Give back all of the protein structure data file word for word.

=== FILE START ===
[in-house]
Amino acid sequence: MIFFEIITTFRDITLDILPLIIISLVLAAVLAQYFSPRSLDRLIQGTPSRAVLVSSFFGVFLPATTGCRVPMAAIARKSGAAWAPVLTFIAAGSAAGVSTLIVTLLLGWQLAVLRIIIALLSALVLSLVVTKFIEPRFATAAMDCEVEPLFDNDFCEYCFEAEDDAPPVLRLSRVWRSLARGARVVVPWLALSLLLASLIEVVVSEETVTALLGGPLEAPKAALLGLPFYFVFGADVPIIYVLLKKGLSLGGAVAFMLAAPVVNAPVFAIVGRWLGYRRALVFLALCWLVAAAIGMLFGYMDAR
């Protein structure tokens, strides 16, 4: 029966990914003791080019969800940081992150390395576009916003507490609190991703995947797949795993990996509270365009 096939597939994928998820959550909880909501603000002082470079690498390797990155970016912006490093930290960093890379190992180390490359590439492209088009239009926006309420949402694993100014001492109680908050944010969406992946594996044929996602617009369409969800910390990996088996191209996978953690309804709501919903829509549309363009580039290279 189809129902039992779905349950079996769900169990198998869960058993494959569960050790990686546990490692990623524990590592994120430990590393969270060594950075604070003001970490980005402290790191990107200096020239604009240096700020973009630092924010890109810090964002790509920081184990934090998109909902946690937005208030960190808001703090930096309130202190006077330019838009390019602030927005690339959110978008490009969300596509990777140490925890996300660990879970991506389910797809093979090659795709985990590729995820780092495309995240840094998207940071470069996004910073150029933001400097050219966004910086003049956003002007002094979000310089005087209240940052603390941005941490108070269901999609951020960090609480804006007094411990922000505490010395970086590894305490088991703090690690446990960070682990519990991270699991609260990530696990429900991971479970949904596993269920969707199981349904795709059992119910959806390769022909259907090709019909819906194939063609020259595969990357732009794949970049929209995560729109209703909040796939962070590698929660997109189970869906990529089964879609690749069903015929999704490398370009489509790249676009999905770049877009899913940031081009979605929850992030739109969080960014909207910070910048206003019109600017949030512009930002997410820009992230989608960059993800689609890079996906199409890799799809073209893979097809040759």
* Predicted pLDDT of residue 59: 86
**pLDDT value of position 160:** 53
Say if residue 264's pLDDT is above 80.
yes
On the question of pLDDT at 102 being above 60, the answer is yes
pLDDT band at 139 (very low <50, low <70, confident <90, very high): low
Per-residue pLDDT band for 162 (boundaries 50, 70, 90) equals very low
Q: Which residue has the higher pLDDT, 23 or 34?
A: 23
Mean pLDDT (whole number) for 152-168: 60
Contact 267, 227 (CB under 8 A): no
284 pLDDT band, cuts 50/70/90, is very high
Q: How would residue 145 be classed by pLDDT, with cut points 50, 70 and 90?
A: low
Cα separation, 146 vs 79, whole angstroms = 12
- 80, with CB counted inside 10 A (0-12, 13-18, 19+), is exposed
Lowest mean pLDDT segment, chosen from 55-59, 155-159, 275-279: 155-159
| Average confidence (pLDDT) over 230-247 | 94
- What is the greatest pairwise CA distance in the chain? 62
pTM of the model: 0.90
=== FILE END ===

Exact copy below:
[in-house]
Amino acid sequence: MIFFEIITTFRDITLDILPLIIISLVLAAVLAQYFSPRSLDRLIQGTPSRAVLVSSFFGVFLPATTGCRVPMAAIARKSGAAWAPVLTFIAAGSAAGVSTLIVTLLLGWQLAVLRIIIALLSALVLSLVVTKFIEPRFATAAMDCEVEPLFDNDFCEYCFEAEDDAPPVLRLSRVWRSLARGARVVVPWLALSLLLASLIEVVVSEETVTALLGGPLEAPKAALLGLPFYFVFGADVPIIYVLLKKGLSLGGAVAFMLAAPVVNAPVFAIVGRWLGYRRALVFLALCWLVAAAIGMLFGYMDAR
């Protein structure tokens, strides 16, 4: 029966990914003791080019969800940081992150390395576009916003507490609190991703995947797949795993990996509270365009 096939597939994928998820959550909880909501603000002082470079690498390797990155970016912006490093930290960093890379190992180390490359590439492209088009239009926006309420949402694993100014001492109680908050944010969406992946594996044929996602617009369409969800910390990996088996191209996978953690309804709501919903829509549309363009580039290279 189809129902039992779905349950079996769900169990198998869960058993494959569960050790990686546990490692990623524990590592994120430990590393969270060594950075604070003001970490980005402290790191990107200096020239604009240096700020973009630092924010890109810090964002790509920081184990934090998109909902946690937005208030960190808001703090930096309130202190006077330019838009390019602030927005690339959110978008490009969300596509990777140490925890996300660990879970991506389910797809093979090659795709985990590729995820780092495309995240840094998207940071470069996004910073150029933001400097050219966004910086003049956003002007002094979000310089005087209240940052603390941005941490108070269901999609951020960090609480804006007094411990922000505490010395970086590894305490088991703090690690446990960070682990519990991270699991609260990530696990429900991971479970949904596993269920969707199981349904795709059992119910959806390769022909259907090709019909819906194939063609020259595969990357732009794949970049929209995560729109209703909040796939962070590698929660997109189970869906990529089964879609690749069903015929999704490398370009489509790249676009999905770049877009899913940031081009979605929850992030739109969080960014909207910070910048206003019109600017949030512009930002997410820009992230989608960059993800689609890079996906199409890799799809073209893979097809040759």
* Predicted pLDDT of residue 59: 86
**pLDDT value of position 160:** 53
Say if residue 264's pLDDT is above 80.
yes
On the question of pLDDT at 102 being above 60, the answer is yes
pLDDT band at 139 (very low <50, low <70, confident <90, very high): low
Per-residue pLDDT band for 162 (boundaries 50, 70, 90) equals very low
Q: Which residue has the higher pLDDT, 23 or 34?
A: 23
Mean pLDDT (whole number) for 152-168: 60
Contact 267, 227 (CB under 8 A): no
284 pLDDT band, cuts 50/70/90, is very high
Q: How would residue 145 be classed by pLDDT, with cut points 50, 70 and 90?
A: low
Cα separation, 146 vs 79, whole angstroms = 12
- 80, with CB counted inside 10 A (0-12, 13-18, 19+), is exposed
Lowest mean pLDDT segment, chosen from 55-59, 155-159, 275-279: 155-159
| Average confidence (pLDDT) over 230-247 | 94
- What is the greatest pairwise CA distance in the chain? 62
pTM of the model: 0.90